I have not been a big James Shields believer on his “return to form.” He’s clearly been better than he was during his disastrous start to his White Sox tenure, but the stuff didn’t look quite there, and the strikeouts not being there either (16 in 34.1 innings) backed up the doubt. His work was solid, but I didn’t hear the music or see the ghost of the old warhorse.
1. Shields’ work Tuesday night was not the stuff of legends either. His big changeup flashed some of its old dominance, but it was not omnipresent. His knuckle curve snapped a few times but he also lost track of the strike zone frequently enough to bring back memories of his first arrival, and the Cubs had their share of warning track outs. They are the Cubs, after all.
But in terms of Shields looking powerful, in charge of the game, firing through innings (7.2 scoreless against a premium lineup), this was his peak, his best work in a Sox uniform. A game where he was seemingly pulled for caution’s sake rather than performance.
2. When he wasn’t cruising, or striking out Kris Byrant three times, or retiring 10-straight at one point over the second through the fifth innings, Shields biggest struggle point was not his own making. After a six-pitch battle with Tommy La Stella seemingly ended with a routine grounder to Tyler Saladino to end the frame, the inning persisted after Dioner Navarro was called for catcher’s interference; the Sox third such offense of the season.
Instead of an escape, an annoyed Shields had to grit through an eight-pitch war with Dexter Fowler with the bases loaded before earning an inning-ending pop out. It probably cost him any shot of a complete game, but it showed he still had the bite on his stuff to grit through a challenge plate appearance in a high leverage situation.
3. Kyle Hendricks has typically been a riddle for Sox hitters, but when the standard to clear is “score any runs at all,” he doesn’t seem so dominant. After Adam Eaton and Tim Anderson both reached to start off the first, loading the bases with speed, a Jose Abreu comeback line drive single that nearly beheaded Hendricks staked the Sox to an insurmountable lead at 1-0.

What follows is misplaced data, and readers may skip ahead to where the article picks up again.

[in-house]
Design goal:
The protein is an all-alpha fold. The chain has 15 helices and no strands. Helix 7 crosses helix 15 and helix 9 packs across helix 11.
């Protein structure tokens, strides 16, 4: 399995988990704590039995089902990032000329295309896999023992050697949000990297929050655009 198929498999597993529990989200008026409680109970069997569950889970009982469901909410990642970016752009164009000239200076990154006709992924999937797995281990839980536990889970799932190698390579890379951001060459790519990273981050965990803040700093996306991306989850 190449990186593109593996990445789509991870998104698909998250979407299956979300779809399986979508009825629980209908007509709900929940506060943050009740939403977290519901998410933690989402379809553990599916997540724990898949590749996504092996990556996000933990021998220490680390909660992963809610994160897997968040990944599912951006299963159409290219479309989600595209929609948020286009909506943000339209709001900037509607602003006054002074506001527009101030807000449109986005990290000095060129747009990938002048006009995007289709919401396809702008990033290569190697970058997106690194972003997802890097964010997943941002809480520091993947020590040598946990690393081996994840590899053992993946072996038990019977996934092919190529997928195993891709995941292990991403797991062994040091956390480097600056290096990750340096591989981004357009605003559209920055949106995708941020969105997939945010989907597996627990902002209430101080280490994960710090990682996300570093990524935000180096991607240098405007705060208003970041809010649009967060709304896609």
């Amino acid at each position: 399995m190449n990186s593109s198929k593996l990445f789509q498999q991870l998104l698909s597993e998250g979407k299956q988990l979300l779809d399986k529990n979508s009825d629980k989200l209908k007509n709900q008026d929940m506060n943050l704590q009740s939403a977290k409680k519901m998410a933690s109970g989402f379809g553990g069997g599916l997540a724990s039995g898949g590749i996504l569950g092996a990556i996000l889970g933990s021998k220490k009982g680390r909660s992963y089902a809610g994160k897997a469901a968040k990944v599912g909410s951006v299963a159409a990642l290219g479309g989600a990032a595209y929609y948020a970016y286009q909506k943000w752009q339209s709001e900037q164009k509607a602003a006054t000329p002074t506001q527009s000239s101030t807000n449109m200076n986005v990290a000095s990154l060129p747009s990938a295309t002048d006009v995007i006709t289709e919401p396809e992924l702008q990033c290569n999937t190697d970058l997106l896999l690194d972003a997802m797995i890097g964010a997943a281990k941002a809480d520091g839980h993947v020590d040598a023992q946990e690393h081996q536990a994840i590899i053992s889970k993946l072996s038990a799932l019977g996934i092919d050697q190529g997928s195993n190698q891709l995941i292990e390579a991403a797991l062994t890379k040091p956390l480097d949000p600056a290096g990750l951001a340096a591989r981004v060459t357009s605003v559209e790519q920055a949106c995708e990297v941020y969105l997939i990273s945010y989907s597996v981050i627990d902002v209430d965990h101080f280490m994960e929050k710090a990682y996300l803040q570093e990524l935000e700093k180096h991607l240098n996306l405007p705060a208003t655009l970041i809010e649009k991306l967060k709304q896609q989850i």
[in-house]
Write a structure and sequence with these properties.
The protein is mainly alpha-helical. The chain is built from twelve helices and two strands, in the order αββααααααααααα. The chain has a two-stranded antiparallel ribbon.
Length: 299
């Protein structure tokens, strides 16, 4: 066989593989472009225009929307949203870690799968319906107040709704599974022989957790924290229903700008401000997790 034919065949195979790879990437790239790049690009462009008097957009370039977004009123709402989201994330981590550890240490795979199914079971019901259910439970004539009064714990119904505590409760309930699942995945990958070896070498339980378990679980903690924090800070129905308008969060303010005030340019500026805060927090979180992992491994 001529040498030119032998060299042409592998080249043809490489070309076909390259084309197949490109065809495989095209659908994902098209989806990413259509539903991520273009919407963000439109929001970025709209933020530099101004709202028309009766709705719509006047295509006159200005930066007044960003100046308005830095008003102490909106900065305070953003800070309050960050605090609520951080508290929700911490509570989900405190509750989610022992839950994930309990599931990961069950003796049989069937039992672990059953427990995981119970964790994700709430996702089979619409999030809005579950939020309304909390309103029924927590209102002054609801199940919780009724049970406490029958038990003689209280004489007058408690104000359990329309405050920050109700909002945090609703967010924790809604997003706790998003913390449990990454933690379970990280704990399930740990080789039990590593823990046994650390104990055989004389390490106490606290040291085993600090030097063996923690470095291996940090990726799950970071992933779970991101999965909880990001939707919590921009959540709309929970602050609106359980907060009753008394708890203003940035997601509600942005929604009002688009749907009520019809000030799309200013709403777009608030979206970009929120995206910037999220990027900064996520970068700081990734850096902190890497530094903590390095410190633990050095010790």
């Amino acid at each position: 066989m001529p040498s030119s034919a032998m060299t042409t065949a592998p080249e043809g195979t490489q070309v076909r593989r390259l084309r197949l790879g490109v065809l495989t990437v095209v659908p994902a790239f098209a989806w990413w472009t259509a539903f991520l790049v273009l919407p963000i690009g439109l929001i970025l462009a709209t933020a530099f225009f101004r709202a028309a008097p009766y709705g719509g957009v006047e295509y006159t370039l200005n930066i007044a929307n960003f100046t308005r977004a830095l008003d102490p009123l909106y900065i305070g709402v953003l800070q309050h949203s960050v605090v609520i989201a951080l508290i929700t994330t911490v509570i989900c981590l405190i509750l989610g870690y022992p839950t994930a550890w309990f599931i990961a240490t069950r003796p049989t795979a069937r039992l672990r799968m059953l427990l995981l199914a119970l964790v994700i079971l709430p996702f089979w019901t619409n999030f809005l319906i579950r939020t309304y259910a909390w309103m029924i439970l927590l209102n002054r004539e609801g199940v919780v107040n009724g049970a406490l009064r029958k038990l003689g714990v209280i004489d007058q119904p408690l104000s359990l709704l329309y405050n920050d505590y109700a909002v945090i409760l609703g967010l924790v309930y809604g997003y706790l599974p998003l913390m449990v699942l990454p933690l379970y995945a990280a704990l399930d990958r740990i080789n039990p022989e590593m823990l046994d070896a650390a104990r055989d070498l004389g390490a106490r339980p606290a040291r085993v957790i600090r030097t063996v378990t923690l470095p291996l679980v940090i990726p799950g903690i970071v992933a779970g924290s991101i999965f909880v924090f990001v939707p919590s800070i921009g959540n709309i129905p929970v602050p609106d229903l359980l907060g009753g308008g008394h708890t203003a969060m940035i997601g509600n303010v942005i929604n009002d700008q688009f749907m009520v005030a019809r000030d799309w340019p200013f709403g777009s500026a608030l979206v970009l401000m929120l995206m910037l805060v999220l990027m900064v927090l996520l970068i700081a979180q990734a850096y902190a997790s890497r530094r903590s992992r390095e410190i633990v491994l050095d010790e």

Hendricks promptly settled in quickly, shutting down the first inning jam with no further damage and striking out seven over his first four innings of work. But he hung a changeup to Eaton in the fifth that traveled over 425 feet out to right, and Maddon pulled him after a one out Todd Frazier single in the sixth.
While the Cubs’ late relief is a murderous minefield that the Sox should dread, there is still some shakiness that comes before it. Travis Wood came on to provide some rescue from Hendricks’ difficulties with deep innings, but promptly walked three hitters in a row to give the Sox their third run of the day.
4. Rested after the lesser portions of the bullpen waded through madness Monday night, the late-inning duo of Nate Jones and David Robertson returned with four perfect outs between them. Using both to get four outs seemed a little…well whatever, they were back.
5. With the victory, the oddity of a four-game season series and the hilarious stipulation that the winning team retains the cup in the case of a split, the White Sox have retained the Crosstown Cup. There are a few months left in the season to mount it to the top of the stadium for all to see.
Team Record: 50-50
Next game is Wednesday at Wrigley at 7:05pm on CSN
Lead Image Credit: Mike Dinovo // USA Today Sports Images